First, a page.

Physical Activity Promotes Stress Resilience in Atherosclerotic Mice

Ulrike Meyer-Lindemann (München)1, A. Moggio (München)1, J. Hinterdobler (München)1, K. Borbil (München)1, A. Dutsch (München)2, H. Schunkert (München)2, T. Keßler (München)2, H. Sager (München)2

1Deutsches Herzzentrum München Erwachsenenkardiologie München, Deutschland; 2Deutsches Herzzentrum München Klinik für Herz- und Kreislauferkrankungen München, Deutschland


Exposure to psychosocial stress is a risk factor for many diseases, including atherosclerosis. Acute stress promotesvascular inflammation by increasing the uptake of pro-inflammatory leukocytes into atherosclerotic plaques fostering a pro-inflammatory, disease-propagating milieu. To improve cardiovascular health, it is crucial to develop stress-relief techniques, that can attenuate the inflammatory response. Here we show that prior physical activity modifies the acute response to stress. Mice with early atherosclerosis (ApoE-/- mice on a high cholesterol diet for 10 weeks) were either undisturbed (=sedentary) or had voluntary access to a running wheel for six weeks (=physical active) before being subjected to a single 3h mental stress episode. Immediately after cessation of mental stress, blood and aorta were harvested.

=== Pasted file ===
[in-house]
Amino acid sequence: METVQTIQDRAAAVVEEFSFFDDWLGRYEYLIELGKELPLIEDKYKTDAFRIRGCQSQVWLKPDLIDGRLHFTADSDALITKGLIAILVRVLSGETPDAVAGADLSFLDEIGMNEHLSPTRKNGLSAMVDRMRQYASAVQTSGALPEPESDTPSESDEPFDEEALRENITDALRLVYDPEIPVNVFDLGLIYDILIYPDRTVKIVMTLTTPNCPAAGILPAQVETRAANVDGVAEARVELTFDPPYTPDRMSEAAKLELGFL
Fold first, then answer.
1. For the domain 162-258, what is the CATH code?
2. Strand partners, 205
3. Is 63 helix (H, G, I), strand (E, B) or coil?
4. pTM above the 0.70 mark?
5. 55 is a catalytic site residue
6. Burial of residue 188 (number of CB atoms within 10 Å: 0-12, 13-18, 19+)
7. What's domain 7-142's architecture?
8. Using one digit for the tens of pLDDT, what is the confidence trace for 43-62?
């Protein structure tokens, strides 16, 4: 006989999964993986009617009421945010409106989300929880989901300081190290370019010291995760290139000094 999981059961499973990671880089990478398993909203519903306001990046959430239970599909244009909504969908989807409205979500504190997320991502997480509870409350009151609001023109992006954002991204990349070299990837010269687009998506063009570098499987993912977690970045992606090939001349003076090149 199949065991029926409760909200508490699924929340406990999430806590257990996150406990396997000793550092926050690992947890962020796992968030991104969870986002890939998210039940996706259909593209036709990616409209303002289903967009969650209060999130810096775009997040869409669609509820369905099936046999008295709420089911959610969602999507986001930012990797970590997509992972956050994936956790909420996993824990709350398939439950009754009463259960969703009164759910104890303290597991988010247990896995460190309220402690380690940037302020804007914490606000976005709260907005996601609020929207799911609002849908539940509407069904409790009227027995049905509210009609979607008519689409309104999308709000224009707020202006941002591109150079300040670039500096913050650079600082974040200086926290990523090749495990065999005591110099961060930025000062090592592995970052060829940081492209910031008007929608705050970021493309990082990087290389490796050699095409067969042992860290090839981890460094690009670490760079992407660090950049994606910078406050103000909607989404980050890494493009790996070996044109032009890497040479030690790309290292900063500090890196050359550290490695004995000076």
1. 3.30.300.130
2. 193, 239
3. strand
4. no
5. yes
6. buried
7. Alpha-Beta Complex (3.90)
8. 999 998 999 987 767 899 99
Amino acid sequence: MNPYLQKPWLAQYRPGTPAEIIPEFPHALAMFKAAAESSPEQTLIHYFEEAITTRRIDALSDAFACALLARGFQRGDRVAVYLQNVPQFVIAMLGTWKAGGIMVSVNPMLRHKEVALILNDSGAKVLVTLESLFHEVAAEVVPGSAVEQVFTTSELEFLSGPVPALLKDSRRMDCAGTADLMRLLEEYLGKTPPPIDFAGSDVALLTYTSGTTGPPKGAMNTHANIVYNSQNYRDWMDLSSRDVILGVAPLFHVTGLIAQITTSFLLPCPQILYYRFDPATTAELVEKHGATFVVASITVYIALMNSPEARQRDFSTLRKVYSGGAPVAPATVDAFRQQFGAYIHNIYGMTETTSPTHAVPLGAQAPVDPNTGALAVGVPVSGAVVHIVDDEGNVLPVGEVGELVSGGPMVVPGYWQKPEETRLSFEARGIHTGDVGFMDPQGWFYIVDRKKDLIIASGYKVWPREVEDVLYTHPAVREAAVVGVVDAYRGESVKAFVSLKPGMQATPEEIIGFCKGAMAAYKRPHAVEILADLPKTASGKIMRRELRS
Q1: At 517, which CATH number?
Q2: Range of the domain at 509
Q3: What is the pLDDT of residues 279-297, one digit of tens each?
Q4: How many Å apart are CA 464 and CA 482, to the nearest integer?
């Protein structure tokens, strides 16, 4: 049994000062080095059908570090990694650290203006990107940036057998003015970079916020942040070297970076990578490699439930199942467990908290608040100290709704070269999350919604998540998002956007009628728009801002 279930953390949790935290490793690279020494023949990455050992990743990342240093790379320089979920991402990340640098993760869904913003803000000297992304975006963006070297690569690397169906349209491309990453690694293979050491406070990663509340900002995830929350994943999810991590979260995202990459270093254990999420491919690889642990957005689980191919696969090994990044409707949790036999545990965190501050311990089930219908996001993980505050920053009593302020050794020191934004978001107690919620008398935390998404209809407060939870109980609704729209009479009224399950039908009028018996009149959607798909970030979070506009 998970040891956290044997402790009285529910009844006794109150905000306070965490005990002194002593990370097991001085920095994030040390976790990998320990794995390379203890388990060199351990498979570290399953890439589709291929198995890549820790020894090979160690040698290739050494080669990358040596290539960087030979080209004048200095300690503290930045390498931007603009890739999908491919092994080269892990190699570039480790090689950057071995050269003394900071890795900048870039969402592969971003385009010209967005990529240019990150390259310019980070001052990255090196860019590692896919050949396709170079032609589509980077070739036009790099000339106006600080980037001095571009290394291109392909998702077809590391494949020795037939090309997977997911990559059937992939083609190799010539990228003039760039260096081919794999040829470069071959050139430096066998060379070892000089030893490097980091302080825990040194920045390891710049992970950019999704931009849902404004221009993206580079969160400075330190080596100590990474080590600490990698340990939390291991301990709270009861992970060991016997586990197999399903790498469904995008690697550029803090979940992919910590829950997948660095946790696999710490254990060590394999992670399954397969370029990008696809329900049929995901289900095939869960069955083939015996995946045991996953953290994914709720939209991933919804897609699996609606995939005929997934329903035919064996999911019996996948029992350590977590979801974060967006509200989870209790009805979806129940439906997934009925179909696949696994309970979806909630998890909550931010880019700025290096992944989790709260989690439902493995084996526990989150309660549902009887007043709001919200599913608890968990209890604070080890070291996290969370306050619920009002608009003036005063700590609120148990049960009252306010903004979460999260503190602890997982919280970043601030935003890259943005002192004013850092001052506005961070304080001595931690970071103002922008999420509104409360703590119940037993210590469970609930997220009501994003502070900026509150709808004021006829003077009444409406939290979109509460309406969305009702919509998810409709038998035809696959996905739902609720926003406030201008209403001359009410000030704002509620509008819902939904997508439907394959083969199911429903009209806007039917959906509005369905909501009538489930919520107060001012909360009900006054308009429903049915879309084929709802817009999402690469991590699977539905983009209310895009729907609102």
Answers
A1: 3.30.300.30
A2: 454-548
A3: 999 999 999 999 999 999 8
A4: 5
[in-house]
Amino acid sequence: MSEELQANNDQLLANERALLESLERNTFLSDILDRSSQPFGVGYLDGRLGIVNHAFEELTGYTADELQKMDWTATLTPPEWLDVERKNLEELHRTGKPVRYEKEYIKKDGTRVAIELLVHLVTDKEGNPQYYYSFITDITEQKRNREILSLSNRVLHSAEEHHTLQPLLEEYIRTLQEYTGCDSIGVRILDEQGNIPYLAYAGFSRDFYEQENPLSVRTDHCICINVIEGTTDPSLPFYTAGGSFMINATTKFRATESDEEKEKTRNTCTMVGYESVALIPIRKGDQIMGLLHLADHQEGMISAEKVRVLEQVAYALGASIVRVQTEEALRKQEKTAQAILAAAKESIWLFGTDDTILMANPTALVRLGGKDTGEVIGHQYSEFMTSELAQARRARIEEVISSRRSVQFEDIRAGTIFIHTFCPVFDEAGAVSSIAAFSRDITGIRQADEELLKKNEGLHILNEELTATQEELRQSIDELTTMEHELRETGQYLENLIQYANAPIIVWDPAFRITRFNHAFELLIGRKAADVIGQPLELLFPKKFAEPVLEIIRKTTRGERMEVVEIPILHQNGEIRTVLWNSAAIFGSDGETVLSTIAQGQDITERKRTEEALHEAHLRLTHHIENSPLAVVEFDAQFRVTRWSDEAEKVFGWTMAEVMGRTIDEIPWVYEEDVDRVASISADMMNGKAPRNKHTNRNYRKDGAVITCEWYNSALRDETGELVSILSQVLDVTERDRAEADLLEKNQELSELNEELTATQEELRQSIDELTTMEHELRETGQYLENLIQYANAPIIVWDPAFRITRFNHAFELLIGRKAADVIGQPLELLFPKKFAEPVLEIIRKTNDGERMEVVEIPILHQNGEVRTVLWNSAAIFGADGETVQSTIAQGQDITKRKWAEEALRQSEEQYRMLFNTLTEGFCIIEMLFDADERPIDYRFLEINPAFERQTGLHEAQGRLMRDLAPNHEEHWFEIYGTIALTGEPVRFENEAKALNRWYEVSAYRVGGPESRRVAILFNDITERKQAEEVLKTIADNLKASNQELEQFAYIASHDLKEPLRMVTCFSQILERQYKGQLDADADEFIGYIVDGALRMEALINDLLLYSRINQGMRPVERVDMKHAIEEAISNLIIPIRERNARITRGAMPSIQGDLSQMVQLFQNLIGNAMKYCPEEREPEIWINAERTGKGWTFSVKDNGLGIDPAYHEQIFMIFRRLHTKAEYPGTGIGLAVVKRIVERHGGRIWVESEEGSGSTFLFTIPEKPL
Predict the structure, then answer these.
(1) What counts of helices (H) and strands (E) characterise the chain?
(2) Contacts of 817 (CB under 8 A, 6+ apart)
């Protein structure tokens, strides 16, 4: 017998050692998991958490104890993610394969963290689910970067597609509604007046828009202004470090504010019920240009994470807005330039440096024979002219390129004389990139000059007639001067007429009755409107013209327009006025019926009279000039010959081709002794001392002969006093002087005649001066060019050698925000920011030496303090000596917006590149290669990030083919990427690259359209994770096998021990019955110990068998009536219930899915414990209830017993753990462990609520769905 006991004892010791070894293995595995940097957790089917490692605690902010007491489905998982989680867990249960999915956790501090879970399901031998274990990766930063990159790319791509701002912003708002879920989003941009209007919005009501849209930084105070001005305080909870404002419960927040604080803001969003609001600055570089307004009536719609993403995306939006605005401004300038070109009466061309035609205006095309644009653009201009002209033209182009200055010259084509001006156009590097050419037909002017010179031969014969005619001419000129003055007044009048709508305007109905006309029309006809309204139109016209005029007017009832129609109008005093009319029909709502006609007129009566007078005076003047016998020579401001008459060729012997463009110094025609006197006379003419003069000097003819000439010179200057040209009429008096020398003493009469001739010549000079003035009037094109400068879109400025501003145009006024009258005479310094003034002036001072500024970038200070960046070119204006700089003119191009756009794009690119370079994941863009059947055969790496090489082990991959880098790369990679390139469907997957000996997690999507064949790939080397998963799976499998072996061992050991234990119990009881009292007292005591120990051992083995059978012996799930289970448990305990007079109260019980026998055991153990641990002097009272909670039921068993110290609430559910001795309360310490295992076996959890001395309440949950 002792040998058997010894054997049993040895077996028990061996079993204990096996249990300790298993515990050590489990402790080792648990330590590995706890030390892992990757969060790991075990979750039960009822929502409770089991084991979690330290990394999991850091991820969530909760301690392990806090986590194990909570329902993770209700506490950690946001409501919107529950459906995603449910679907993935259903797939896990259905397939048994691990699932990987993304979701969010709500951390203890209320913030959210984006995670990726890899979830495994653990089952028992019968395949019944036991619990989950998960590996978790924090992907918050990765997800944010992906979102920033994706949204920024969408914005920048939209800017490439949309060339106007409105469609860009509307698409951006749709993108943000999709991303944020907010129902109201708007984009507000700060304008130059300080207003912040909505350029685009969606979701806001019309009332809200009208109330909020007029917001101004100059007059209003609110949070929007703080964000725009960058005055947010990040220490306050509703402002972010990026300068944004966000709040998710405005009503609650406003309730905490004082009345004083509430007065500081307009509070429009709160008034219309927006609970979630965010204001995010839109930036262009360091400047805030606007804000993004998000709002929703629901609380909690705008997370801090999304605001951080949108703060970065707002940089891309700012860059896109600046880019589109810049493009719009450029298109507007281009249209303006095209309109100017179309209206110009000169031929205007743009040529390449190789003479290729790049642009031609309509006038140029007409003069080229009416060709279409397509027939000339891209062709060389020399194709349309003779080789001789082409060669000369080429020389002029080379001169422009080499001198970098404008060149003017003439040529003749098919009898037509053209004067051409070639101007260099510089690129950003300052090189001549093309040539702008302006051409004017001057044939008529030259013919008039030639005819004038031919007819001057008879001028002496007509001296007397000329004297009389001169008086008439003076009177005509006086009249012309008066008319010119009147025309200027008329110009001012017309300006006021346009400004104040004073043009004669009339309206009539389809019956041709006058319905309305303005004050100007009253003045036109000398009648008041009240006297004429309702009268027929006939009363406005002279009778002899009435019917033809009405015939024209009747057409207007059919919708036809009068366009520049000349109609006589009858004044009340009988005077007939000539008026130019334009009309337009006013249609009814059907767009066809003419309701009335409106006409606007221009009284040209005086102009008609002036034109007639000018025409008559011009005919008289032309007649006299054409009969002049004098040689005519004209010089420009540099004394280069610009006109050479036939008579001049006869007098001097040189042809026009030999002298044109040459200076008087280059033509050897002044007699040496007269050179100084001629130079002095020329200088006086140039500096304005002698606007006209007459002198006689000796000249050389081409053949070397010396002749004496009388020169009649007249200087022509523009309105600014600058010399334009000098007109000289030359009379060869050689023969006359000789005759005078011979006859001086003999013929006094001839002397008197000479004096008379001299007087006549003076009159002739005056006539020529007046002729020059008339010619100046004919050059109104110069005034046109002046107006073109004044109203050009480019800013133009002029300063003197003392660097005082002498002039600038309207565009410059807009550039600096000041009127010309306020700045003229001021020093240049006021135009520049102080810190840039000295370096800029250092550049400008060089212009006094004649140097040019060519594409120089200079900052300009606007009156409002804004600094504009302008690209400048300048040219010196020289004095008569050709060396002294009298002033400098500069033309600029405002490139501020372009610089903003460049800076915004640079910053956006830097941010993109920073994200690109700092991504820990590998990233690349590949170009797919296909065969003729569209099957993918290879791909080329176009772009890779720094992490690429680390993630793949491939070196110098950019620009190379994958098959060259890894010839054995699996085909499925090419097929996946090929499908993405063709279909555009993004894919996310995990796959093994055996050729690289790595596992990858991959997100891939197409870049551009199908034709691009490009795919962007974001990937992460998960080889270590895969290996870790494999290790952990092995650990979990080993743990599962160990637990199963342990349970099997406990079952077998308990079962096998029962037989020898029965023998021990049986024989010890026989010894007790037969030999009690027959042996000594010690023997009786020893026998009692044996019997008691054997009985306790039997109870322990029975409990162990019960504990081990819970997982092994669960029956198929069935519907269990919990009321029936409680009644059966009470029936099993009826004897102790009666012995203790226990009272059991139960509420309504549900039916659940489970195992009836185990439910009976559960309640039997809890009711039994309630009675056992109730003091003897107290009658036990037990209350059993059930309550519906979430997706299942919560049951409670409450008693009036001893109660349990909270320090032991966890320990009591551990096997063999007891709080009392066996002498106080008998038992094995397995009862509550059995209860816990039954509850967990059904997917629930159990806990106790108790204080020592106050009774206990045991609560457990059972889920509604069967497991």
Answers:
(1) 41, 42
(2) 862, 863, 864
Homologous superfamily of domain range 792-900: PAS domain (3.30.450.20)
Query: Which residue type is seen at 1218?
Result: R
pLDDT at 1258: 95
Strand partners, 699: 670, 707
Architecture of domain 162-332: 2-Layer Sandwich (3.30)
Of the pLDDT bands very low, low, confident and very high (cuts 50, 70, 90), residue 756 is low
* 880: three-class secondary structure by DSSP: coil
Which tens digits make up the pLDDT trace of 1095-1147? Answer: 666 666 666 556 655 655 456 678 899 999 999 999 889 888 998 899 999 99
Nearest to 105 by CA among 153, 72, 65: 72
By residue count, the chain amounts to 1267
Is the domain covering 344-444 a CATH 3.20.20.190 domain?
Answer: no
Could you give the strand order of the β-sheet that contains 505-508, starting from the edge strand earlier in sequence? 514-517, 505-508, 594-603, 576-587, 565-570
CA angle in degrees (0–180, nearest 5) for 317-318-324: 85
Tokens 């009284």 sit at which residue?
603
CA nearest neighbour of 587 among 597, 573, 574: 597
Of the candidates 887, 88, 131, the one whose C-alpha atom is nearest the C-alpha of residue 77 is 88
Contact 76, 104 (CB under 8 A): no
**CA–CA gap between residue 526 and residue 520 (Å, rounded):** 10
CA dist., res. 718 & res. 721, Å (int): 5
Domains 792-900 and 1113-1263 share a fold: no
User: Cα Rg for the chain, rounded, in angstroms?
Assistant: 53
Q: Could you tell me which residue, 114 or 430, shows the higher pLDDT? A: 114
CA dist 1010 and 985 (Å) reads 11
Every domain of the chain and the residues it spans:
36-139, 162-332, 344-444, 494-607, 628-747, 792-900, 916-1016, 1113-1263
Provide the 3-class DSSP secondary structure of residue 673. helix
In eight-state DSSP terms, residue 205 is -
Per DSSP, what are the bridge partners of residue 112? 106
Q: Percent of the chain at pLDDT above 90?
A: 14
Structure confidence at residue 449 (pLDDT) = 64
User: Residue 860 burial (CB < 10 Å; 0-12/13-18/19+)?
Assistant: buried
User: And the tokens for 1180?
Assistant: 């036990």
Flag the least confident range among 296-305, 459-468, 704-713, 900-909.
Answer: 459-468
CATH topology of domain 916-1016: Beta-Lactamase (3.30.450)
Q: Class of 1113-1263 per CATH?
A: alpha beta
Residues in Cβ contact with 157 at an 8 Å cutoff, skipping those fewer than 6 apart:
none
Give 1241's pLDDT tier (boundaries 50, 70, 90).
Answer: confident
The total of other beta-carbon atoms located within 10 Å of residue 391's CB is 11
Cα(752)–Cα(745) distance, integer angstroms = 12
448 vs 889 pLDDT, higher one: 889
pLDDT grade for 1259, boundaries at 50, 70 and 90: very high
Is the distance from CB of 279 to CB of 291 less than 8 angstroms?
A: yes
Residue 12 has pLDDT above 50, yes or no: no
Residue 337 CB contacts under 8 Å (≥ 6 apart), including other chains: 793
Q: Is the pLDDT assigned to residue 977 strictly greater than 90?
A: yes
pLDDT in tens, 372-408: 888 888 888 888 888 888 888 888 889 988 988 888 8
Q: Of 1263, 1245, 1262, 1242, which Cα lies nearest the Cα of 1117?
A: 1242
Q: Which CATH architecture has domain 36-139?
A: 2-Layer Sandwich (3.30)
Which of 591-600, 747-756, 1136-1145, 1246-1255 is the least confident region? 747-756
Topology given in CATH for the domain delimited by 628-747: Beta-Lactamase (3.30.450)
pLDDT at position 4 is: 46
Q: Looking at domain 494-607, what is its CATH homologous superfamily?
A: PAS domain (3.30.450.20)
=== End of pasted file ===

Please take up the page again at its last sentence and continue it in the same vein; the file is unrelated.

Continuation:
We found that physically active mice showed a lower reduction of blood leukocytes in response to stress. The fraction of blood leukocytes that was eliminated from the blood through stress was lower in active mice (71% vs 36%in sedentary vs active mice, respectively). We next performed cell tracking experiments using adoptive transferand confirmed that acute stress induced leukocyte re-distribution including a rapid uptake of blood leukocytes into atherosclerotic plaques, an effect that was abolished in active mice which showed stronger retention of inflammatory cells in the vasculature.

Next, we probed the consequence of these findings for vascular inflammation. Since active mice responded to stress with less re-distribution and more retention of leukocytes in the vasculature, we found less leukocytes inside plaques of active mice as revealed by flow cytometry and histology. Causally, prior physical activity lowered the stress-induced surge in local noradrenaline levels through a reduction in phosphorylation and hence activation of tyrosine hydroxylase - the rate-limiting enzyme in norepinephrine synthesis.

In conclusion, our data show that exercise beneficially modifies the adverse inflammatory response to acute mental stress.

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